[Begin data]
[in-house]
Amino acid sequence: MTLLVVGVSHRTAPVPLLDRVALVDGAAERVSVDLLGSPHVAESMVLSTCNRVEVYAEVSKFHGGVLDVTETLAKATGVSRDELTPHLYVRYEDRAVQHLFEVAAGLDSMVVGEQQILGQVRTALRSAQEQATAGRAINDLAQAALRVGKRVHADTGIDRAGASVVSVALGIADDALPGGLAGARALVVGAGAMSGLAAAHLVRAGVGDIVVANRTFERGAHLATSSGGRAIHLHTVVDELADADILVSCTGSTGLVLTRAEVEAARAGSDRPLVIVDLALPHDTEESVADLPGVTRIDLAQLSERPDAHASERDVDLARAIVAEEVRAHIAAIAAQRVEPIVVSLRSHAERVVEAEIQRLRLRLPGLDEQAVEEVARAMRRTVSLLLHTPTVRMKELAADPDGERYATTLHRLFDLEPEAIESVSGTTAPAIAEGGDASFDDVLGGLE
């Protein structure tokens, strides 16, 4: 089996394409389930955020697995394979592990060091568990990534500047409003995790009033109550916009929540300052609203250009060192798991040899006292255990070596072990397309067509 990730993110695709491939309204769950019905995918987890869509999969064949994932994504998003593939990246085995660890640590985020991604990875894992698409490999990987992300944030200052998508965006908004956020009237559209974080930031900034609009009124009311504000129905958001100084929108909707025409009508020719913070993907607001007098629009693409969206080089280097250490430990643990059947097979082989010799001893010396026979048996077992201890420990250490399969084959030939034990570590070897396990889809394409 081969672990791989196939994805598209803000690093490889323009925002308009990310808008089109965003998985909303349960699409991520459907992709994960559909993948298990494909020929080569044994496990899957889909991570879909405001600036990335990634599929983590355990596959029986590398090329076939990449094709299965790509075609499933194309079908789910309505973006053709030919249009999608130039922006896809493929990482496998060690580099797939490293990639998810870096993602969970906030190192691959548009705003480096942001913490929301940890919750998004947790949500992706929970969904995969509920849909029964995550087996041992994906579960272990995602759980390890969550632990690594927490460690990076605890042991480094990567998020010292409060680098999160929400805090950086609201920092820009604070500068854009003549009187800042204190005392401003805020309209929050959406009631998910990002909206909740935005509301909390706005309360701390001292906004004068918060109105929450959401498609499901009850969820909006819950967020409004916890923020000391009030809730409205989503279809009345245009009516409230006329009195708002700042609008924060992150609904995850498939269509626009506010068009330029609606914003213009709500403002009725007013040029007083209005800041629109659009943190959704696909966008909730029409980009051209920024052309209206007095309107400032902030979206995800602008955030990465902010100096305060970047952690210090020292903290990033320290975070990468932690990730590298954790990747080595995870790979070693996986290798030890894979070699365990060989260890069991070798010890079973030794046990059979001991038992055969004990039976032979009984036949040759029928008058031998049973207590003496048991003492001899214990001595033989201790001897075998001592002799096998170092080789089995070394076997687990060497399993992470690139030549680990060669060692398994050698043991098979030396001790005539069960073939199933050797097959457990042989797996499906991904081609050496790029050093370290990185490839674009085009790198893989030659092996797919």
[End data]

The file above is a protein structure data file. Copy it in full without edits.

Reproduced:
[in-house]
Amino acid sequence: MTLLVVGVSHRTAPVPLLDRVALVDGAAERVSVDLLGSPHVAESMVLSTCNRVEVYAEVSKFHGGVLDVTETLAKATGVSRDELTPHLYVRYEDRAVQHLFEVAAGLDSMVVGEQQILGQVRTALRSAQEQATAGRAINDLAQAALRVGKRVHADTGIDRAGASVVSVALGIADDALPGGLAGARALVVGAGAMSGLAAAHLVRAGVGDIVVANRTFERGAHLATSSGGRAIHLHTVVDELADADILVSCTGSTGLVLTRAEVEAARAGSDRPLVIVDLALPHDTEESVADLPGVTRIDLAQLSERPDAHASERDVDLARAIVAEEVRAHIAAIAAQRVEPIVVSLRSHAERVVEAEIQRLRLRLPGLDEQAVEEVARAMRRTVSLLLHTPTVRMKELAADPDGERYATTLHRLFDLEPEAIESVSGTTAPAIAEGGDASFDDVLGGLE
């Protein structure tokens, strides 16, 4: 089996394409389930955020697995394979592990060091568990990534500047409003995790009033109550916009929540300052609203250009060192798991040899006292255990070596072990397309067509 990730993110695709491939309204769950019905995918987890869509999969064949994932994504998003593939990246085995660890640590985020991604990875894992698409490999990987992300944030200052998508965006908004956020009237559209974080930031900034609009009124009311504000129905958001100084929108909707025409009508020719913070993907607001007098629009693409969206080089280097250490430990643990059947097979082989010799001893010396026979048996077992201890420990250490399969084959030939034990570590070897396990889809394409 081969672990791989196939994805598209803000690093490889323009925002308009990310808008089109965003998985909303349960699409991520459907992709994960559909993948298990494909020929080569044994496990899957889909991570879909405001600036990335990634599929983590355990596959029986590398090329076939990449094709299965790509075609499933194309079908789910309505973006053709030919249009999608130039922006896809493929990482496998060690580099797939490293990639998810870096993602969970906030190192691959548009705003480096942001913490929301940890919750998004947790949500992706929970969904995969509920849909029964995550087996041992994906579960272990995602759980390890969550632990690594927490460690990076605890042991480094990567998020010292409060680098999160929400805090950086609201920092820009604070500068854009003549009187800042204190005392401003805020309209929050959406009631998910990002909206909740935005509301909390706005309360701390001292906004004068918060109105929450959401498609499901009850969820909006819950967020409004916890923020000391009030809730409205989503279809009345245009009516409230006329009195708002700042609008924060992150609904995850498939269509626009506010068009330029609606914003213009709500403002009725007013040029007083209005800041629109659009943190959704696909966008909730029409980009051209920024052309209206007095309107400032902030979206995800602008955030990465902010100096305060970047952690210090020292903290990033320290975070990468932690990730590298954790990747080595995870790979070693996986290798030890894979070699365990060989260890069991070798010890079973030794046990059979001991038992055969004990039976032979009984036949040759029928008058031998049973207590003496048991003492001899214990001595033989201790001897075998001592002799096998170092080789089995070394076997687990060497399993992470690139030549680990060669060692398994050698043991098979030396001790005539069960073939199933050797097959457990042989797996499906991904081609050496790029050093370290990185490839674009085009790198893989030659092996797919």